If you live in the U.S., you probably emit around 19 tons of CO2 in a year, more or less, depending on factors like how often you drive or fly or whether you eat meat. You might have considered offsetting that footprint by supporting projects that shrink emissions somewhere else in the world—but you might also have read stories about problems in some past projects where trees weren’t actually planted or were later cut down. A new carbon offset startup focuses on transparency, showing customers photos, satellite images, and other data to prove how their money is helping.
“What we kept hearing was, ‘Where does my money actually go? What’s happening here, and how do I know they’re really planting as many trees as they say they will, for instance?'” says Landon Brand, one of the three cofounders of Wren, the new startup, which is one of the companies in Y Combinator’s current cohort. “There’s a lot of potential for fraud in the space. Our initial inspiration was seeing that skepticism that comes from not knowing what happens with your donation.”
The company starts by leading you through a well-designed carbon calculator that pulls up the average carbon footprint for people living in your country and then asks a few key questions, such as whether you drive and the size of your home. To get a more detailed footprint, you can answer more questions, from the size of your electricity bill to how much you spend on clothing each month. With your total footprint in hand, you can buy a monthly subscription to offset all of it. (For many people, offsetting their entire carbon footprint through the platform could cost around $15 a month.)
Wren sends money to projects like a program in Peru that works with indigenous community members using drones and satellite data to spot early warning signs of deforestation; each month, people buying offsets to support the project get updated on any activity and patrols that happened to protect the trees. In East Africa, users support a project that trains farmers to plant trees and then pays them to maintain the trees as they grow. Updates include satellite images showing where specific trees were planted and data about the size of each tree as it grows. In some cases, the startup is working with nonprofits to help make data they’re already collecting easier for people buying offsets to quickly understand.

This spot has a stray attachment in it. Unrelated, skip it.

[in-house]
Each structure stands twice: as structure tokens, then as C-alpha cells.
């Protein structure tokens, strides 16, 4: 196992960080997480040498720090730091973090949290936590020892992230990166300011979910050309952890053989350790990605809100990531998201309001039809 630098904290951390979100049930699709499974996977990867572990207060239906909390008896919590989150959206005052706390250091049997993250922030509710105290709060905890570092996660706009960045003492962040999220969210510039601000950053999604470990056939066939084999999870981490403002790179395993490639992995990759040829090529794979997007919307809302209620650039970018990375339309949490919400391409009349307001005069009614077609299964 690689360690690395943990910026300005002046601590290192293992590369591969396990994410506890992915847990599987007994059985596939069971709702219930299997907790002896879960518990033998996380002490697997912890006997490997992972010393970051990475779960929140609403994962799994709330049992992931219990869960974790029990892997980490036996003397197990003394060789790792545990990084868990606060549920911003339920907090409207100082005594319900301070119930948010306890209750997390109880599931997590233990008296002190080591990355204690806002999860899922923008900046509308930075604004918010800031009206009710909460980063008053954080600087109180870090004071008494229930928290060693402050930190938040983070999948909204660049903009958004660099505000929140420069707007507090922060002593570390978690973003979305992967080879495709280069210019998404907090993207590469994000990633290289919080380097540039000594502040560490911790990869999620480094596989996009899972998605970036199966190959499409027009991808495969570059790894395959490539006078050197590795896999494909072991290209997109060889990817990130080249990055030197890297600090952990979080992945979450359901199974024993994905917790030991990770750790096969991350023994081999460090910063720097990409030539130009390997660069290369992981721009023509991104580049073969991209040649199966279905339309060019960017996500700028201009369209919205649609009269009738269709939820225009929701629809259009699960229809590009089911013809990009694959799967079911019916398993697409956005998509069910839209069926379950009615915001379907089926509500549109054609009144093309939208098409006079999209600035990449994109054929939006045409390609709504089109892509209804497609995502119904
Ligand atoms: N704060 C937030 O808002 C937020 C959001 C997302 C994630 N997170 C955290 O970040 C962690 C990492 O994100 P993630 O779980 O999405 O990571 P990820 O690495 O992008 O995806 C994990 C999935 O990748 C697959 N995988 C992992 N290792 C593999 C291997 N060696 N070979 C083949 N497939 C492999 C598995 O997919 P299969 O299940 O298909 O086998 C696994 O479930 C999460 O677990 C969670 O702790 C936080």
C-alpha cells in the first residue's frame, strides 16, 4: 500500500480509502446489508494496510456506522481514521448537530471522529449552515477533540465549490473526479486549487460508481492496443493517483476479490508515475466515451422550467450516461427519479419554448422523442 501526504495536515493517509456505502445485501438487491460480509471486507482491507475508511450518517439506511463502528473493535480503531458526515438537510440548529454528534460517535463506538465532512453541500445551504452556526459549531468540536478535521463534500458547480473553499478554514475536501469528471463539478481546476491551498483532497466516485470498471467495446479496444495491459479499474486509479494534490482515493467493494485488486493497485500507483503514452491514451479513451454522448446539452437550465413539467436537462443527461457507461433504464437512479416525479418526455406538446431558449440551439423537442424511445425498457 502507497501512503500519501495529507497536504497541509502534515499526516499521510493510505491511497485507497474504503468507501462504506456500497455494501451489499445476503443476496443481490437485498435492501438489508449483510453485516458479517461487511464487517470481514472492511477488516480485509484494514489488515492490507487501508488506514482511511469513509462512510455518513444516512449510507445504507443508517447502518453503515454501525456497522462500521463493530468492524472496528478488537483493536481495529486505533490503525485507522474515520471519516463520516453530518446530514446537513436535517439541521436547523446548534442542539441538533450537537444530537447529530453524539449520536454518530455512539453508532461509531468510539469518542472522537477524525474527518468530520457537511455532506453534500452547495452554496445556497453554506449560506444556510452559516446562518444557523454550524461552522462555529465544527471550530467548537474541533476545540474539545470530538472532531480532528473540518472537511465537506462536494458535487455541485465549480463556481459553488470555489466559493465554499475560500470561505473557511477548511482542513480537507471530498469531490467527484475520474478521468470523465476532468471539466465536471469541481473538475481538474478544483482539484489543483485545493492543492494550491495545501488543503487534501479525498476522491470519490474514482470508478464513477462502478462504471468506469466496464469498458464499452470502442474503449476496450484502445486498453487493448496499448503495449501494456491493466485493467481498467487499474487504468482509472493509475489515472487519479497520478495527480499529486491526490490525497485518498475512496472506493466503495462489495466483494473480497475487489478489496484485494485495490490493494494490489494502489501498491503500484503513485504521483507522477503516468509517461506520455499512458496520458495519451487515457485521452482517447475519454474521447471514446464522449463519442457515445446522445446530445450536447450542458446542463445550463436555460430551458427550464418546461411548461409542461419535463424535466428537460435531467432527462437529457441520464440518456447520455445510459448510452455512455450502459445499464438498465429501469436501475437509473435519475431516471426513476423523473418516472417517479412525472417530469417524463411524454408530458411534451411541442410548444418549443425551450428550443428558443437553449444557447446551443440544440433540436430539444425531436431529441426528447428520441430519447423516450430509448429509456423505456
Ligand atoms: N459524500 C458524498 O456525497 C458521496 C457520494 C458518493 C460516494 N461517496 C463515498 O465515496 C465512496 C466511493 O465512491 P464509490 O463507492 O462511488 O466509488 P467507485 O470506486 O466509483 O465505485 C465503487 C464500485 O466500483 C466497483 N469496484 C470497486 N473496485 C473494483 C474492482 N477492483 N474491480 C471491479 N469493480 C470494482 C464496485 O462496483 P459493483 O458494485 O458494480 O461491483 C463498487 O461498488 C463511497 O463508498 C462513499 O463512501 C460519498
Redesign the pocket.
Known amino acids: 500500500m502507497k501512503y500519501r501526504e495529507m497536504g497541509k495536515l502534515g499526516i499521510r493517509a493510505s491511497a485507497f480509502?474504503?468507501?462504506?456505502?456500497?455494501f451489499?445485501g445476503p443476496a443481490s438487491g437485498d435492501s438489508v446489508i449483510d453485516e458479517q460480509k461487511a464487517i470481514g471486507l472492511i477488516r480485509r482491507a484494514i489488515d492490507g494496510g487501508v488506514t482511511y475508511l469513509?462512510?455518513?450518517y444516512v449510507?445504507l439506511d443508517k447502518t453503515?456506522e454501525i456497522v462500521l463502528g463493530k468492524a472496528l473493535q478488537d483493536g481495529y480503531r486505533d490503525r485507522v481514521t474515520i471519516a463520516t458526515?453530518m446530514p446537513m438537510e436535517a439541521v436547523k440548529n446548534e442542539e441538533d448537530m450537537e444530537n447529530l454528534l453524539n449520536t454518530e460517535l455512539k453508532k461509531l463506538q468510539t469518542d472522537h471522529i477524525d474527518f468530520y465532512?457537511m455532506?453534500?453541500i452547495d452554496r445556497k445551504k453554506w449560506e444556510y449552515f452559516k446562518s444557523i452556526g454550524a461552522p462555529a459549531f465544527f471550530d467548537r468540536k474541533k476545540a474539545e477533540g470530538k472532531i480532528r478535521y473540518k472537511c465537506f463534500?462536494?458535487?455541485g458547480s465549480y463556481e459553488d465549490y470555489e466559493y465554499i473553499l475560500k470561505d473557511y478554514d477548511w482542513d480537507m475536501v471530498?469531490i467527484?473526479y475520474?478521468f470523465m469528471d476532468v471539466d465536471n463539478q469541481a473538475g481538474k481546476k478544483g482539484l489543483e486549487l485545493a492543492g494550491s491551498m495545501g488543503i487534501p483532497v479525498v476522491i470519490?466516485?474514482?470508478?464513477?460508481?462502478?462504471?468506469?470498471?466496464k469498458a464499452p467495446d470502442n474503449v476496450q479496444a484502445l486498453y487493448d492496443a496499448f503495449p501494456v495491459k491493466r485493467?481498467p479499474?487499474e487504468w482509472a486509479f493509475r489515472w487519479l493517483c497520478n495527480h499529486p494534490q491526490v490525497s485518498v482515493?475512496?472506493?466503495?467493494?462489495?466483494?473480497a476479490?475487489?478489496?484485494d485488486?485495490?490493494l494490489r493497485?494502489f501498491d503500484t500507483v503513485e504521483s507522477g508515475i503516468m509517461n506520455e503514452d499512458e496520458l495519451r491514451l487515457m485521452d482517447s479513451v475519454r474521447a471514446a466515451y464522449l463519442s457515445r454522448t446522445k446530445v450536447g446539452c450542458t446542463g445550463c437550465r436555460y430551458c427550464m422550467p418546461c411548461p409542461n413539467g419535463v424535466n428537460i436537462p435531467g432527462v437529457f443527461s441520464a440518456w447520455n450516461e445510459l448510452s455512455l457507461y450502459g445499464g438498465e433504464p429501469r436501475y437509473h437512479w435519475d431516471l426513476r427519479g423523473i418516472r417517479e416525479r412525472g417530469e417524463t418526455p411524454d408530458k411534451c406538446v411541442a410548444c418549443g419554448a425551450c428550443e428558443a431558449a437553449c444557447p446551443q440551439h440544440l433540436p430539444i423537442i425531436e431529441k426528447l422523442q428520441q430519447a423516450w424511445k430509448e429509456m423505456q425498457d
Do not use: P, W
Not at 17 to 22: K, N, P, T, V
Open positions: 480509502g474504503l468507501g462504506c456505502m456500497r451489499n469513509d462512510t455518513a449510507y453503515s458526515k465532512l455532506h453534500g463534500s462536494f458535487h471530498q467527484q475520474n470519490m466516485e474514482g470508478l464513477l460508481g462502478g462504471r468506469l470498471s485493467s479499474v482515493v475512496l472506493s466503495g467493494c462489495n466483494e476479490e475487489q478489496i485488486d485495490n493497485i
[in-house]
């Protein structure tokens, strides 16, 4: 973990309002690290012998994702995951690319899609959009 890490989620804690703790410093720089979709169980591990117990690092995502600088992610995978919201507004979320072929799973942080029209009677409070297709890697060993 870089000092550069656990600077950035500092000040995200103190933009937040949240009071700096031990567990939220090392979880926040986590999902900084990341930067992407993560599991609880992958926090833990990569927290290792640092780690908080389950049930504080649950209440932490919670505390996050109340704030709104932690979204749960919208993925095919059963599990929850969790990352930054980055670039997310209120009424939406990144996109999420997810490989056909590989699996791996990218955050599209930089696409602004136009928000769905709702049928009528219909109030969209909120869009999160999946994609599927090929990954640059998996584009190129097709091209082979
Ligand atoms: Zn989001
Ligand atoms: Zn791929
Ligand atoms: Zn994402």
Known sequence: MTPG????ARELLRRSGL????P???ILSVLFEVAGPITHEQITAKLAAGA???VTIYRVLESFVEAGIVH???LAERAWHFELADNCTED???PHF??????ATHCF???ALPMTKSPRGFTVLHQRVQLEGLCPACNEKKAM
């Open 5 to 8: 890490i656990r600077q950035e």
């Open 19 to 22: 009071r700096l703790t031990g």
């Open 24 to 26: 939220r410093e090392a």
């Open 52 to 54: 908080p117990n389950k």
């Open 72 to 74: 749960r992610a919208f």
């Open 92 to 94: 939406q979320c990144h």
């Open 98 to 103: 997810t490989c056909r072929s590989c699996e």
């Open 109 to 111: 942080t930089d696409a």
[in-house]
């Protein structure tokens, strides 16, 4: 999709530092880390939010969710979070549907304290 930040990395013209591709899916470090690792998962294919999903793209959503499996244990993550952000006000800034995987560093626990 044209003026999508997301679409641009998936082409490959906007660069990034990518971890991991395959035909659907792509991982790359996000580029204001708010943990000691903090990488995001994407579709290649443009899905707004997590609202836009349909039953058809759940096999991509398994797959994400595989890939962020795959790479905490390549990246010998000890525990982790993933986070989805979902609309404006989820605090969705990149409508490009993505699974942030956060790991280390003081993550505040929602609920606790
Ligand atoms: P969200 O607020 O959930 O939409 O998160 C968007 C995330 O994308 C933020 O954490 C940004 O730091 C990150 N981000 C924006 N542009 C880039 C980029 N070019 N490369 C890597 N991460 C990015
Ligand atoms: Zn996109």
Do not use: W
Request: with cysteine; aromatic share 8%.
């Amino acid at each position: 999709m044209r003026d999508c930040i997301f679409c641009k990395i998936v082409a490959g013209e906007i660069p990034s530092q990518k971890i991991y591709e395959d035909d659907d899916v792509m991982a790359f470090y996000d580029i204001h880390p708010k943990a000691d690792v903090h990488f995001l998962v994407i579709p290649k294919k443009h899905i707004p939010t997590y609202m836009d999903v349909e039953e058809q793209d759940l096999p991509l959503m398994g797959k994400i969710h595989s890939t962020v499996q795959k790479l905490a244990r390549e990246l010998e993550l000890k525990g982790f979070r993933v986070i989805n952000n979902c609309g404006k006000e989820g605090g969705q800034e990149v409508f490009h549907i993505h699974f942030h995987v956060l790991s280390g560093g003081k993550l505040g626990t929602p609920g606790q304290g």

Each project has a meaningful impact. The startup wanted to help give people who were focused on issues like plastic straws a way to act at a larger scale. But, of course, offsets aren’t a full solution. Wren plans to later use its site to help direct people to more systemic solutions, such as signing petitions in support of a carbon tax that would push corporations to move more quickly to cut emissions across the economy. It also hopes to help nudge users to shrink their footprints, not simply rely on carbon offsets. But the offsets are a place to start. “Wren is something that they can do today to have a positive impact on the environment,” Brand says.